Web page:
Jabu explained that there are many things wrong with the way the government of South Africa has handled HIV since democracy was established and that women are suffering most for it. She explained that the Raphael Centre is designed to offer the time and resources the public clinics can’t. One person at a public clinic may be given up to 15 minutes of counseling upon learning their HIV status before he or she is pushed out the door to serve the next patient. The demand is too high and the resources are too few.

The problem can’t be solved unless more programs like those offered at the Raphael Centre are made available to the people who need them. Jabu told me that that is why Ntuthu is so important in their organization. She took it upon herself to find the information she needed to ensure her child would not contract the virus and she applied that education to the work she does now. Along with the rest of the staff she gives each individual the time he or she needs.

The consequences of the government structure for public health care affect everyone, but especially HIV status women. Women who aren’t properly educated and counseled about mother-to-child transferal prevention methods have a high risk of having an HIV-positive baby and are thus discouraged from having children at all. When Ntuthu told her public healthcare providers she wanted to be a mother they told her, “You can’t.” She told me that it wasn’t an acceptable answer, and she found the resources she needed to have a healthy baby.

She explained that giving birth to an HIV negative child is possible if the right measures are taken. The virus can be transmitted during pregnancy, labor and delivery or through breastfeeding. However, women with advanced stages of HIV can take antiretroviral medications (ARVs) each day to keep the viral load at a manageable level and to stay healthy. While pregnant, Ntuthu continued to take her ARV’s and opted to use formula milk instead of breastfeeding to ensure her daughter would not contract the virus. She and Jabu explained that mothers who choose to breastfeed for the first six months of the infant’s life have about a two percent chance of infecting the child, but if a mother feeds her baby formula milk the chances decrease to zero percent.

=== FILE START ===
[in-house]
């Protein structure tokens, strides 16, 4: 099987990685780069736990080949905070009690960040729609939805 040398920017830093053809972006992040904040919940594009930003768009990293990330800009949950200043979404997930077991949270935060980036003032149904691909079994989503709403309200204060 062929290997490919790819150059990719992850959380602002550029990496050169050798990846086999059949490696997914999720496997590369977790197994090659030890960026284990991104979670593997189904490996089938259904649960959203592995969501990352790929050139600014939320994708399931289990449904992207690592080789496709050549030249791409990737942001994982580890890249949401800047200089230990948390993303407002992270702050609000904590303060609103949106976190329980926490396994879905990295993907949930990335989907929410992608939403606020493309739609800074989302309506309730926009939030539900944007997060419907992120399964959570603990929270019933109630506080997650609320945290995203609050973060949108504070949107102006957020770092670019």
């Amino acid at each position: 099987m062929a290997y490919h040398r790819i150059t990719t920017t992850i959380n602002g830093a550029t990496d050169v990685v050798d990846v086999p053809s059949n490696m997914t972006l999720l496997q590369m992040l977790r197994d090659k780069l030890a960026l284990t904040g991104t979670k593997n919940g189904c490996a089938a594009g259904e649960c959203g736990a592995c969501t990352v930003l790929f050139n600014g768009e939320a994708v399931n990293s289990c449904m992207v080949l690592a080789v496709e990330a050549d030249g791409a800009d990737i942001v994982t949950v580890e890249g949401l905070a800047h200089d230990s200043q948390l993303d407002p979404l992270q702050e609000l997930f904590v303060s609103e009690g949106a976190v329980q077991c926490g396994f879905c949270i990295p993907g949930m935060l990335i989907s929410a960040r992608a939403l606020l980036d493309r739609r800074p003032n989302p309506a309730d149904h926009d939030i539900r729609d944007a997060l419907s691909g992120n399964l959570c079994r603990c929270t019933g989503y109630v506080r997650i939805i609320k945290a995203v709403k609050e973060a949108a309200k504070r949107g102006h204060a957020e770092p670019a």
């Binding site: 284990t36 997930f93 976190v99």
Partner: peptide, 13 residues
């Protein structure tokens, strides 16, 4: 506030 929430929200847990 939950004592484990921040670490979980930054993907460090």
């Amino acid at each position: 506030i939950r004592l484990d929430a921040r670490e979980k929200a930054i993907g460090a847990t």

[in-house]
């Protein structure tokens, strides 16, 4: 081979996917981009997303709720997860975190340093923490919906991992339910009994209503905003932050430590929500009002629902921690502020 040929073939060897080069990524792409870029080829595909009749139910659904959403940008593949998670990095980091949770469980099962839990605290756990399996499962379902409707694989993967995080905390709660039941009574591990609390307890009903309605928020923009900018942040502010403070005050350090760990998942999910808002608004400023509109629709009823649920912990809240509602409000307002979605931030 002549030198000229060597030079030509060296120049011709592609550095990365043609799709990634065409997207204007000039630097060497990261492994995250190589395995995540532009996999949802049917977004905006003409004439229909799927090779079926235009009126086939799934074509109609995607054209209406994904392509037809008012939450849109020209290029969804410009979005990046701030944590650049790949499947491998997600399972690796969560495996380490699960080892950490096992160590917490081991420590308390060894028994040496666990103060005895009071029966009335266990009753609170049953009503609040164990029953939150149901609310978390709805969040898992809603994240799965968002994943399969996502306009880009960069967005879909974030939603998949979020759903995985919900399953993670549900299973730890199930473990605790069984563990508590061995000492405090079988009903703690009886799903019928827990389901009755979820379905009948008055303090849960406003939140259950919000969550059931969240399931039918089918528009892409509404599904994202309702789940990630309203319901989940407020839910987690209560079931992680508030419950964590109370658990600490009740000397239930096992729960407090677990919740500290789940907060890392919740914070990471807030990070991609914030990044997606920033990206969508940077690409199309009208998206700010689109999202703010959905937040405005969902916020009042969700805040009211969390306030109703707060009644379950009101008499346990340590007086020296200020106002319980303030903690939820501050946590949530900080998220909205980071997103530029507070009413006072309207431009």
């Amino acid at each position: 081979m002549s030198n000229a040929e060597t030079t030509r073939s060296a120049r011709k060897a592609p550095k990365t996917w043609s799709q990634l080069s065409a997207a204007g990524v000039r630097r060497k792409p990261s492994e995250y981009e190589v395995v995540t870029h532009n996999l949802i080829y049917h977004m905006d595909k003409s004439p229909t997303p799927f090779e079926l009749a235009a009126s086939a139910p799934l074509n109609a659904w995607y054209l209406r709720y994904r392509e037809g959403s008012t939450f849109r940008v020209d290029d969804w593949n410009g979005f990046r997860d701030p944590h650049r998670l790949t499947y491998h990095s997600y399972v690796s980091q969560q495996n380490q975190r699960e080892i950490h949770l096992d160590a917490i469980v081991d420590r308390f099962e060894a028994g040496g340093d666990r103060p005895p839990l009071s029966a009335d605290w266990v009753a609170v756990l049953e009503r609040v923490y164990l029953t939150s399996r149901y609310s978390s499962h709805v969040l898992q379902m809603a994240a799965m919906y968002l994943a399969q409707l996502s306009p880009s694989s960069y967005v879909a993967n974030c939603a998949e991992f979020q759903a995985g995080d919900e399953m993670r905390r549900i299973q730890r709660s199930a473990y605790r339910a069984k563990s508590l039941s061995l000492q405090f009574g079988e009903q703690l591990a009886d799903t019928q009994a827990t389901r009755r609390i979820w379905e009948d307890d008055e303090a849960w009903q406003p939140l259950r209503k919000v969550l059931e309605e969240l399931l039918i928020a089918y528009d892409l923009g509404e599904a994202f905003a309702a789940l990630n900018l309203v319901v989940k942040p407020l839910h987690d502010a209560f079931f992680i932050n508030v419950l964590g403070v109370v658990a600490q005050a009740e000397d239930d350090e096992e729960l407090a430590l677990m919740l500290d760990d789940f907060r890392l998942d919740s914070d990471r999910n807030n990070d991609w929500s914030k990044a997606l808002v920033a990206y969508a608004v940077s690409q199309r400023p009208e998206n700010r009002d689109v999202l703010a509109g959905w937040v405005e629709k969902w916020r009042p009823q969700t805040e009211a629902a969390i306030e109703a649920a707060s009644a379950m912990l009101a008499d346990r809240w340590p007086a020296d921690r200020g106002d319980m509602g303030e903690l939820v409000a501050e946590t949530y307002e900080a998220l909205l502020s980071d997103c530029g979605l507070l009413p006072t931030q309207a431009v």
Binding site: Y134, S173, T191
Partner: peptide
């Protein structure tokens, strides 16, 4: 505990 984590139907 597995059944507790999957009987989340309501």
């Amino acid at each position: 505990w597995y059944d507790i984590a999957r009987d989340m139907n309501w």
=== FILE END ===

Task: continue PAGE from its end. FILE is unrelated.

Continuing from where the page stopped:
The speech she’d given me in her office earlier made complete sense to me. She had fought so hard to become a mother, and even harder to be a mother to a happy healthy child. I understood. I would do the exact same thing. It was at that point that I spoke candidly with the two of them. I told Ntuthu why her story was so important to me and that I hoped she would understand why I felt it needed to be shared with the world. I told her the story of my own mother’s sacrifices for my life as a child and that, while she is no longer with me, I feel compelled to find other women like her who can share hope with other women in similar situations. She nodded and agreed to tell her story.

I spent the next few days with her. I had very little time to spend, but I gave what I could in the hopes I could come back again in the coming year to continue what I’d started with her help. Within those days I came to understand more about life than I had in my 27 years up to that point. Ntuthu came through so much, but she came out on top, and she’s staying there.

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Nearly 20 years since the end of apartheid, discrimination in South Africa has a new form. Healthcare inequality has taken the place of forced segregation in rural and urban townships.